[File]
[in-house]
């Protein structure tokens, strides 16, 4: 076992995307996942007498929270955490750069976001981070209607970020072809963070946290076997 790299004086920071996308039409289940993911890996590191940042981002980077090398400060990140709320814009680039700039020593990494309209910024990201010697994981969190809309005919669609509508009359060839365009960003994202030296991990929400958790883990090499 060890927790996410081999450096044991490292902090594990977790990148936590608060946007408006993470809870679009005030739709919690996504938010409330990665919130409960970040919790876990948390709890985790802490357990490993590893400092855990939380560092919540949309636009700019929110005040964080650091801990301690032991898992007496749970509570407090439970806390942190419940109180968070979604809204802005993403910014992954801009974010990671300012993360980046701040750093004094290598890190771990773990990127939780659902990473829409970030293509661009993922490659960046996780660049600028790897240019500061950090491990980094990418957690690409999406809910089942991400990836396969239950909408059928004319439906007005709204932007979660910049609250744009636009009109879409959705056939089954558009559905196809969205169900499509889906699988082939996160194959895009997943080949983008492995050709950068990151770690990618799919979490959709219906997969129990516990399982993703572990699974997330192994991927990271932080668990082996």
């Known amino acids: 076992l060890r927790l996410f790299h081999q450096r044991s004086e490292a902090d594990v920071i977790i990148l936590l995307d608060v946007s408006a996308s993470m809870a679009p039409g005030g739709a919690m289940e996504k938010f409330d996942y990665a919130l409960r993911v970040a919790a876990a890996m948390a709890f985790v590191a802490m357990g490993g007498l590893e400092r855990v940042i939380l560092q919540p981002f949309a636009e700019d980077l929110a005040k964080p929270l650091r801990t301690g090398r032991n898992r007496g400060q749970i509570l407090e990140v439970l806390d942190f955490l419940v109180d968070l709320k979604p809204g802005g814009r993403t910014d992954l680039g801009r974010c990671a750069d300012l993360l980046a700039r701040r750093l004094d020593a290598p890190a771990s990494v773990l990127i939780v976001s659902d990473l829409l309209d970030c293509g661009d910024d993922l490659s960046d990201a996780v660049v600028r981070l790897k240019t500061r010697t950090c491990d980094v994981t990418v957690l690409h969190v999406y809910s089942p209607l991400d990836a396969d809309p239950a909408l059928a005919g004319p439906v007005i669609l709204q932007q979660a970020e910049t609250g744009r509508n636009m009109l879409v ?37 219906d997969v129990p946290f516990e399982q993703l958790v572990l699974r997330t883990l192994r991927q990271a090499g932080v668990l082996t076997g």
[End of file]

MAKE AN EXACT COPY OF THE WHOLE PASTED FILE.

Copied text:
[in-house]
């Protein structure tokens, strides 16, 4: 076992995307996942007498929270955490750069976001981070209607970020072809963070946290076997 790299004086920071996308039409289940993911890996590191940042981002980077090398400060990140709320814009680039700039020593990494309209910024990201010697994981969190809309005919669609509508009359060839365009960003994202030296991990929400958790883990090499 060890927790996410081999450096044991490292902090594990977790990148936590608060946007408006993470809870679009005030739709919690996504938010409330990665919130409960970040919790876990948390709890985790802490357990490993590893400092855990939380560092919540949309636009700019929110005040964080650091801990301690032991898992007496749970509570407090439970806390942190419940109180968070979604809204802005993403910014992954801009974010990671300012993360980046701040750093004094290598890190771990773990990127939780659902990473829409970030293509661009993922490659960046996780660049600028790897240019500061950090491990980094990418957690690409999406809910089942991400990836396969239950909408059928004319439906007005709204932007979660910049609250744009636009009109879409959705056939089954558009559905196809969205169900499509889906699988082939996160194959895009997943080949983008492995050709950068990151770690990618799919979490959709219906997969129990516990399982993703572990699974997330192994991927990271932080668990082996």
């Known amino acids: 076992l060890r927790l996410f790299h081999q450096r044991s004086e490292a902090d594990v920071i977790i990148l936590l995307d608060v946007s408006a996308s993470m809870a679009p039409g005030g739709a919690m289940e996504k938010f409330d996942y990665a919130l409960r993911v970040a919790a876990a890996m948390a709890f985790v590191a802490m357990g490993g007498l590893e400092r855990v940042i939380l560092q919540p981002f949309a636009e700019d980077l929110a005040k964080p929270l650091r801990t301690g090398r032991n898992r007496g400060q749970i509570l407090e990140v439970l806390d942190f955490l419940v109180d968070l709320k979604p809204g802005g814009r993403t910014d992954l680039g801009r974010c990671a750069d300012l993360l980046a700039r701040r750093l004094d020593a290598p890190a771990s990494v773990l990127i939780v976001s659902d990473l829409l309209d970030c293509g661009d910024d993922l490659s960046d990201a996780v660049v600028r981070l790897k240019t500061r010697t950090c491990d980094v994981t990418v957690l690409h969190v999406y809910s089942p209607l991400d990836a396969d809309p239950a909408l059928a005919g004319p439906v007005i669609l709204q932007q979660a970020e910049t609250g744009r509508n636009m009109l879409v ?37 219906d997969v129990p946290f516990e399982q993703l958790v572990l699974r997330t883990l192994r991927q990271a090499g932080v668990l082996t076997g």